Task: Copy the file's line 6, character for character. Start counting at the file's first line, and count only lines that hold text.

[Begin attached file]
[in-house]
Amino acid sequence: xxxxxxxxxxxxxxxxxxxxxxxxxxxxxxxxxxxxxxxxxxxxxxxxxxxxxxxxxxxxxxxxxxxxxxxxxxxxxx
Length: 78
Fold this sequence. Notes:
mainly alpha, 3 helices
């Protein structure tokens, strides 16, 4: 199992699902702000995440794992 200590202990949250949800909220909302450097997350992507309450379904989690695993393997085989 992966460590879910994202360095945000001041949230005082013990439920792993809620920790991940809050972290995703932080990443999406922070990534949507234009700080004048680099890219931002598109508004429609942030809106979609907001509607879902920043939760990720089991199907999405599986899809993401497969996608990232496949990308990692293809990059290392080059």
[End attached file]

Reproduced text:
């Protein structure tokens, strides 16, 4: 199992699902702000995440794992 200590202990949250949800909220909302450097997350992507309450379904989690695993393997085989 992966460590879910994202360095945000001041949230005082013990439920792993809620920790991940809050972290995703932080990443999406922070990534949507234009700080004048680099890219931002598109508004429609942030809106979609907001509607879902920043939760990720089991199907999405599986899809993401497969996608990232496949990308990692293809990059290392080059």